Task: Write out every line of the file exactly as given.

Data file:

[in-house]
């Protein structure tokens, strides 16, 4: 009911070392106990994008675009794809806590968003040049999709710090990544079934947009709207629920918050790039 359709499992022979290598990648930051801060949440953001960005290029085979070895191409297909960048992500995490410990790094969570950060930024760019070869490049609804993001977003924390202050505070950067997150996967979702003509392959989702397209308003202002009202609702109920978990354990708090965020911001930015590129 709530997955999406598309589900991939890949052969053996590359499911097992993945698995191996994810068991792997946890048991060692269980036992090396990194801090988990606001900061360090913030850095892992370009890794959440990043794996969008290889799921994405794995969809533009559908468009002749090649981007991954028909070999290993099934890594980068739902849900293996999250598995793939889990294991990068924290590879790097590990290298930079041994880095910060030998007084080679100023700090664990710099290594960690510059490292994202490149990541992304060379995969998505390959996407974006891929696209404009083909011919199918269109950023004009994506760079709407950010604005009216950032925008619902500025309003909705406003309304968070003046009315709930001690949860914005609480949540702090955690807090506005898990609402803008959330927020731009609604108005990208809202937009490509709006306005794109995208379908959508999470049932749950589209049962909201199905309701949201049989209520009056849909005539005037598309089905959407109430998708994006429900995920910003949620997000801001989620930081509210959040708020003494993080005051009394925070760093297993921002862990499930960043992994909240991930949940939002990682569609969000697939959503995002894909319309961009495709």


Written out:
[in-house]
């Protein structure tokens, strides 16, 4: 009911070392106990994008675009794809806590968003040049999709710090990544079934947009709207629920918050790039 359709499992022979290598990648930051801060949440953001960005290029085979070895191409297909960048992500995490410990790094969570950060930024760019070869490049609804993001977003924390202050505070950067997150996967979702003509392959989702397209308003202002009202609702109920978990354990708090965020911001930015590129 709530997955999406598309589900991939890949052969053996590359499911097992993945698995191996994810068991792997946890048991060692269980036992090396990194801090988990606001900061360090913030850095892992370009890794959440990043794996969008290889799921994405794995969809533009559908468009002749090649981007991954028909070999290993099934890594980068739902849900293996999250598995793939889990294991990068924290590879790097590990290298930079041994880095910060030998007084080679100023700090664990710099290594960690510059490292994202490149990541992304060379995969998505390959996407974006891929696209404009083909011919199918269109950023004009994506760079709407950010604005009216950032925008619902500025309003909705406003309304968070003046009315709930001690949860914005609480949540702090955690807090506005898990609402803008959330927020731009609604108005990208809202937009490509709006306005794109995208379908959508999470049932749950589209049962909201199905309701949201049989209520009056849909005539005037598309089905959407109430998708994006429900995920910003949620997000801001989620930081509210959040708020003494993080005051009394925070760093297993921002862990499930960043992994909240991930949940939002990682569609969000697939959503995002894909319309961009495709």